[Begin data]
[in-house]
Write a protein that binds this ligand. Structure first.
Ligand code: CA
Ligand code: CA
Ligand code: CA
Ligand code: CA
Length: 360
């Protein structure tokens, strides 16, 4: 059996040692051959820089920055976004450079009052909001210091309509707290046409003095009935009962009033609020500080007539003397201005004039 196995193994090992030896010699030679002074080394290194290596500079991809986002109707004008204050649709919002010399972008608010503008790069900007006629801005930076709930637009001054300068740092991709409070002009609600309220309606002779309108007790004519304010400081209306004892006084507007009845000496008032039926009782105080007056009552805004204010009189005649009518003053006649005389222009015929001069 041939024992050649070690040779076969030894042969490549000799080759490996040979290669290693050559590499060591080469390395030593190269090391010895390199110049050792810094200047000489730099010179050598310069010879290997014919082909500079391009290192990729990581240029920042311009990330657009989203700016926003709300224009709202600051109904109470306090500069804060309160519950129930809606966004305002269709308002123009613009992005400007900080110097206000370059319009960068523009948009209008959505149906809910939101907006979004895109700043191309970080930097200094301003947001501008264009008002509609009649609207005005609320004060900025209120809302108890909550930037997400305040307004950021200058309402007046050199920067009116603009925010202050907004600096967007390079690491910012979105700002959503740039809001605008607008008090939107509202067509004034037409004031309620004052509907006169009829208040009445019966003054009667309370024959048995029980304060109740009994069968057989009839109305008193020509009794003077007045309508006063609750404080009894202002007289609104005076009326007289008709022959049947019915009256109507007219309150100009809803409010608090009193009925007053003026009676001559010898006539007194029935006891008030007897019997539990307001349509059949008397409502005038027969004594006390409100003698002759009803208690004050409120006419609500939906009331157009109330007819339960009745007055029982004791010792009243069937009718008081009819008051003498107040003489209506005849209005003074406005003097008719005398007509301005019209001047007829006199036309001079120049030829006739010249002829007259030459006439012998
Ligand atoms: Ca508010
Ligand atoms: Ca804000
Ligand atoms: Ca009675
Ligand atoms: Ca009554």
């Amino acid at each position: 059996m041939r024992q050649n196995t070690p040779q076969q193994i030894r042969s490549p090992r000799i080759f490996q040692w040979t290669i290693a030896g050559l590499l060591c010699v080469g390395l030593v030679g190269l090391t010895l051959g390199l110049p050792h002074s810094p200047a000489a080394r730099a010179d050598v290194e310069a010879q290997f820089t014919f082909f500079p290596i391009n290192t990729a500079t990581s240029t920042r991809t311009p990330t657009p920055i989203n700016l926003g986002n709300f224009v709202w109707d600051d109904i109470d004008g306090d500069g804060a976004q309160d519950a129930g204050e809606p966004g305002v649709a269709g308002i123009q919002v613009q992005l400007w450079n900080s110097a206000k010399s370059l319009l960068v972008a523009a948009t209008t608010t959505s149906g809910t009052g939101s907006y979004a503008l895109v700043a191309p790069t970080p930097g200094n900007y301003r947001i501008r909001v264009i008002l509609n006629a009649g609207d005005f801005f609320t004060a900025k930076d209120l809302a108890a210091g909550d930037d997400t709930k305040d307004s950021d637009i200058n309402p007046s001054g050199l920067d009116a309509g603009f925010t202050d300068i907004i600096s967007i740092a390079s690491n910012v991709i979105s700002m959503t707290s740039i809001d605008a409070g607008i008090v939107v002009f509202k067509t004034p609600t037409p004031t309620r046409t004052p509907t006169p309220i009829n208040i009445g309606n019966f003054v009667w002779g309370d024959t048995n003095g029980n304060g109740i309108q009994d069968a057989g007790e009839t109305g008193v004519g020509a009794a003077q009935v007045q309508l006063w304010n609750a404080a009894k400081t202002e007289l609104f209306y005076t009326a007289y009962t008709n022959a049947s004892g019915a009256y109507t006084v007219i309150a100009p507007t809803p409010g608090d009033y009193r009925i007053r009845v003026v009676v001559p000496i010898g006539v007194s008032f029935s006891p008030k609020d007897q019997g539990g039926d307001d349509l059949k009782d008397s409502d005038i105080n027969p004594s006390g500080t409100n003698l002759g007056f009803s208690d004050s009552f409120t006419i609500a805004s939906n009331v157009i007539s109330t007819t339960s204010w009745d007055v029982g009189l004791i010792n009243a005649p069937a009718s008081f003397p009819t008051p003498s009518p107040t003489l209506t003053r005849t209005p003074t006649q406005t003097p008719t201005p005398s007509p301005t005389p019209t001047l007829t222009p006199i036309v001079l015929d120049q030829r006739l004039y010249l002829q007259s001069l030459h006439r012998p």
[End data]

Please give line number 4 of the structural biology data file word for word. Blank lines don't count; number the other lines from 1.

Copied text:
Ligand code: CA